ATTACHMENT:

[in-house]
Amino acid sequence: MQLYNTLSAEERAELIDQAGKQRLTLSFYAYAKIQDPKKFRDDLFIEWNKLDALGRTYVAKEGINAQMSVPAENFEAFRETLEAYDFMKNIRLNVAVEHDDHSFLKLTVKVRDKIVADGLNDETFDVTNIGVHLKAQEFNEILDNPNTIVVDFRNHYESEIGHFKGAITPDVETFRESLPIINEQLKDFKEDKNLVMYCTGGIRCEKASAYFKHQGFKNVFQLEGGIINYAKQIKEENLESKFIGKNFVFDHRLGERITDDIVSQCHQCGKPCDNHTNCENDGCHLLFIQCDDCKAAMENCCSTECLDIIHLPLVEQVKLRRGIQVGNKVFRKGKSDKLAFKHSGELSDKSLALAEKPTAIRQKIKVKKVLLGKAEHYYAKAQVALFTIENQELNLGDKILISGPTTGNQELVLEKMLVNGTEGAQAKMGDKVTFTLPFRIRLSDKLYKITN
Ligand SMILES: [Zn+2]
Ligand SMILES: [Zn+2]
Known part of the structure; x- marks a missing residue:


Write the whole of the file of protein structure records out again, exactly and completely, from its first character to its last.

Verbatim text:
[in-house]
Amino acid sequence: MQLYNTLSAEERAELIDQAGKQRLTLSFYAYAKIQDPKKFRDDLFIEWNKLDALGRTYVAKEGINAQMSVPAENFEAFRETLEAYDFMKNIRLNVAVEHDDHSFLKLTVKVRDKIVADGLNDETFDVTNIGVHLKAQEFNEILDNPNTIVVDFRNHYESEIGHFKGAITPDVETFRESLPIINEQLKDFKEDKNLVMYCTGGIRCEKASAYFKHQGFKNVFQLEGGIINYAKQIKEENLESKFIGKNFVFDHRLGERITDDIVSQCHQCGKPCDNHTNCENDGCHLLFIQCDDCKAAMENCCSTECLDIIHLPLVEQVKLRRGIQVGNKVFRKGKSDKLAFKHSGELSDKSLALAEKPTAIRQKIKVKKVLLGKAEHYYAKAQVALFTIENQELNLGDKILISGPTTGNQELVLEKMLVNGTEGAQAKMGDKVTFTLPFRIRLSDKLYKITN
Ligand SMILES: [Zn+2]
Ligand SMILES: [Zn+2]
Known part of the structure; x- marks a missing residue: